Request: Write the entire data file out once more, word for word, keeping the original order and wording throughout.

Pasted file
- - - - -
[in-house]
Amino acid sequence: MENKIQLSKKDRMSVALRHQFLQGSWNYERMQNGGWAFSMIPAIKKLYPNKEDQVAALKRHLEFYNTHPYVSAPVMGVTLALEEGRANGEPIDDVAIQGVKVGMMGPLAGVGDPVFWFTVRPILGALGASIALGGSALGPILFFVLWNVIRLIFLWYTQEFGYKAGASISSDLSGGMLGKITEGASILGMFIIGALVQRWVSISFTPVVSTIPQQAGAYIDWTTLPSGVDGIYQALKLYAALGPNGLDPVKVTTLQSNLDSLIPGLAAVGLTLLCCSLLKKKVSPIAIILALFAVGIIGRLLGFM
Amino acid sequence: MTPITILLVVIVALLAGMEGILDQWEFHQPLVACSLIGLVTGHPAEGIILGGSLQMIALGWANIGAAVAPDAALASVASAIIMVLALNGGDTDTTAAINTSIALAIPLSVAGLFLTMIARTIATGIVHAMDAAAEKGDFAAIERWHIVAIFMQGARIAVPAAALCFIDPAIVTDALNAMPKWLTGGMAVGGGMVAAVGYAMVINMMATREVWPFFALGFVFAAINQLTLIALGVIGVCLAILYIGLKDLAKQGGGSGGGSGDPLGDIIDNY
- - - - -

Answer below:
[in-house]
Amino acid sequence: MENKIQLSKKDRMSVALRHQFLQGSWNYERMQNGGWAFSMIPAIKKLYPNKEDQVAALKRHLEFYNTHPYVSAPVMGVTLALEEGRANGEPIDDVAIQGVKVGMMGPLAGVGDPVFWFTVRPILGALGASIALGGSALGPILFFVLWNVIRLIFLWYTQEFGYKAGASISSDLSGGMLGKITEGASILGMFIIGALVQRWVSISFTPVVSTIPQQAGAYIDWTTLPSGVDGIYQALKLYAALGPNGLDPVKVTTLQSNLDSLIPGLAAVGLTLLCCSLLKKKVSPIAIILALFAVGIIGRLLGFM
Amino acid sequence: MTPITILLVVIVALLAGMEGILDQWEFHQPLVACSLIGLVTGHPAEGIILGGSLQMIALGWANIGAAVAPDAALASVASAIIMVLALNGGDTDTTAAINTSIALAIPLSVAGLFLTMIARTIATGIVHAMDAAAEKGDFAAIERWHIVAIFMQGARIAVPAAALCFIDPAIVTDALNAMPKWLTGGMAVGGGMVAAVGYAMVINMMATREVWPFFALGFVFAAINQLTLIALGVIGVCLAILYIGLKDLAKQGGGSGGGSGDPLGDIIDNY